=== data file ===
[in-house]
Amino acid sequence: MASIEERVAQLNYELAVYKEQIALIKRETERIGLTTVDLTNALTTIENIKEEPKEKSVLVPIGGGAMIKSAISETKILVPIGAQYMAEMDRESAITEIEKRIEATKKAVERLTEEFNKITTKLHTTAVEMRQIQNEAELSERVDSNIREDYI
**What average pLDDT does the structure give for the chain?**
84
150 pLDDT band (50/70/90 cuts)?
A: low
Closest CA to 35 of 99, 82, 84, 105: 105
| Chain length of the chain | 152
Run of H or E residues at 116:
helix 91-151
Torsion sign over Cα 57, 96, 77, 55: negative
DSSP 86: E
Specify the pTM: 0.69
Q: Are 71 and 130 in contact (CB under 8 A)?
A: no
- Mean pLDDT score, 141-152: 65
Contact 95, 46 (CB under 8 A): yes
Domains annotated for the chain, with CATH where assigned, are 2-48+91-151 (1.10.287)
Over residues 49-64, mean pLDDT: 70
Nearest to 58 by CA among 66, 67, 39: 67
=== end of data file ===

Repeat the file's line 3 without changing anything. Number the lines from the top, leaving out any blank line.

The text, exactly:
**What average pLDDT does the structure give for the chain?**